Oral Health Disparities in America - Learn the FACTS


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  • Oral Health Care is integral to overall health. Poor Oral Health Care is associated with heart disease, stroke and preterm low-birth weight births (1). Poor Oral Health Care and its consequences affect people’s daily lives by interfering with eating, sleeping, working, and learning. Many diseases and conditions manifest themselves with oral symptoms and these early signs may be initially noted by dental care providers.
  • Since 1999, there has been a significant increase in the percentage of adults reporting unmet dental health care needs due to cost. In 1999, 8% of adults reported that they did not receive needed dental health services within the past 12 months because they could not afford them. By 2009, this percentage had increased to 15%.
  • In 2009, working adults age 18–44 and 45-64 years of age were more likely than children to report having unmet dental health care needs in the past 12 months because they could not afford care. Among working-age adults, women were more likely to report unmet dental health care needs than men.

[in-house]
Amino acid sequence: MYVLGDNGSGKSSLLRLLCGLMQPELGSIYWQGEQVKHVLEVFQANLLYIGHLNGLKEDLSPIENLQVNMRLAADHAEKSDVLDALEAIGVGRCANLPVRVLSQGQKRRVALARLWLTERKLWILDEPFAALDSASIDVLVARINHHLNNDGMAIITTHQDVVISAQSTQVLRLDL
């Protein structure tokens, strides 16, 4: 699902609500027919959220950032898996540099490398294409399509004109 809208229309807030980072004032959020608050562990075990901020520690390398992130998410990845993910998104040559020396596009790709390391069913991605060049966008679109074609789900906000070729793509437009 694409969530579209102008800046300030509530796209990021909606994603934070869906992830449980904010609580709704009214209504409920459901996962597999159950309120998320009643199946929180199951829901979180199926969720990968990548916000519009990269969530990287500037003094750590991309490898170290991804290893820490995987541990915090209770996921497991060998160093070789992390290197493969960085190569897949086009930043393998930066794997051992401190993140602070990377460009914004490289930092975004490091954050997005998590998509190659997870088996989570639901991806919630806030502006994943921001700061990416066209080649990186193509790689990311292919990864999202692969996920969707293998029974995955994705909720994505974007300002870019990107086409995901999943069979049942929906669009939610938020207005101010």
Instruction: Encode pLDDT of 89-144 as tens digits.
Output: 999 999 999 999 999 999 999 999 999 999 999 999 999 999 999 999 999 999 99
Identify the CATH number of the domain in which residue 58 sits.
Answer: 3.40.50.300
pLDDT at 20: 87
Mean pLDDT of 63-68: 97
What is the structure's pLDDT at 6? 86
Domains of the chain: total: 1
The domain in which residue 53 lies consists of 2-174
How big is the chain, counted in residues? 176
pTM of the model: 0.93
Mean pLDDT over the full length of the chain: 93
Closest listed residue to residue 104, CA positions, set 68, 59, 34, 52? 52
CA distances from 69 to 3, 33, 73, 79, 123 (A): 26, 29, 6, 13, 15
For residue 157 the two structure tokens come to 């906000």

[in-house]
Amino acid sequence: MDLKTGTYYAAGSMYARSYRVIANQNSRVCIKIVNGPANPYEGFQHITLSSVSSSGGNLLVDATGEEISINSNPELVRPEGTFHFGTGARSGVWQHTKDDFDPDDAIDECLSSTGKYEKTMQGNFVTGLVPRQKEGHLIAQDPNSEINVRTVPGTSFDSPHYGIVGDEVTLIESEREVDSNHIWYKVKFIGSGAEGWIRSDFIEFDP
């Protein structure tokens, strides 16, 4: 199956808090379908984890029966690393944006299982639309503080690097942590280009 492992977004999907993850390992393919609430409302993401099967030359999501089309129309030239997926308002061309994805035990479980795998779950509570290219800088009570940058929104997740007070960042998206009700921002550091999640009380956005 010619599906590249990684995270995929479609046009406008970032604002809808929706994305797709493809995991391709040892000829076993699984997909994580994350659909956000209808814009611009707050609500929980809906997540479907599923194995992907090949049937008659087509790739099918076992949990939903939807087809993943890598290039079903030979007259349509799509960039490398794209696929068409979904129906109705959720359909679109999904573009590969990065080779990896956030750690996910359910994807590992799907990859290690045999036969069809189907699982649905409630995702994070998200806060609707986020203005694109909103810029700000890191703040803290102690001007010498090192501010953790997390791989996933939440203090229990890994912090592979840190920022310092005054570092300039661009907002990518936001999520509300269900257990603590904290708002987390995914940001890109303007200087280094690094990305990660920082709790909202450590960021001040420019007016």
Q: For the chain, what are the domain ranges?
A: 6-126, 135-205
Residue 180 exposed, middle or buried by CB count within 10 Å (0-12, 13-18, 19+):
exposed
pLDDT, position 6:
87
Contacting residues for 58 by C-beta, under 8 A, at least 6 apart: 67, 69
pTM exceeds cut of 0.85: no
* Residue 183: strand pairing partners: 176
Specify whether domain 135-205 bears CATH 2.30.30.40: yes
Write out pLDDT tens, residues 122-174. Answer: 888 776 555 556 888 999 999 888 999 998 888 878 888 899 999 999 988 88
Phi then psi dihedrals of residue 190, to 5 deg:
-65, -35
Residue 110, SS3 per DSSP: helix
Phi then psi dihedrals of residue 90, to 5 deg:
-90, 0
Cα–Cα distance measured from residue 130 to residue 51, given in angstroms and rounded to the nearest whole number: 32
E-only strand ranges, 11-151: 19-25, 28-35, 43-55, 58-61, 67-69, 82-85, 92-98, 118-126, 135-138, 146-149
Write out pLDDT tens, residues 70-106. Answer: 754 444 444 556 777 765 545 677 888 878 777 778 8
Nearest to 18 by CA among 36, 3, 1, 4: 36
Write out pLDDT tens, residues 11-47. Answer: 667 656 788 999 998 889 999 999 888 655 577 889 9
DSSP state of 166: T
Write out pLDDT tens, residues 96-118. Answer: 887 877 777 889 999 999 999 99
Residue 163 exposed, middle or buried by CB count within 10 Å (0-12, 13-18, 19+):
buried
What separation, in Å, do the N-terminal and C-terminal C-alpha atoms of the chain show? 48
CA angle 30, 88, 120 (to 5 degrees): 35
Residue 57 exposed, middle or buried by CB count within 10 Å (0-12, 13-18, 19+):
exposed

• In addition, adults aged 35-44 years with less than a high school education experience destructive periodontal (gum) disease nearly three times that of adults with a least some college education.
  • Adults and Oral Cancer. The 5 year survival rate is lower for oral pharyngeal (throat) cancers among black men than whites (36% versus 61%).


1. U.S. Department of Health and Human Services. Oral Health Care in America: A report of the Surgeon General—Executive summary. Rockville, MD: U.S. Department of Health and Human Services, National Institute of Dental and Craniofacial Research, National Institutes of Health; 2000. Available from: National "CALL to ACTION" Report


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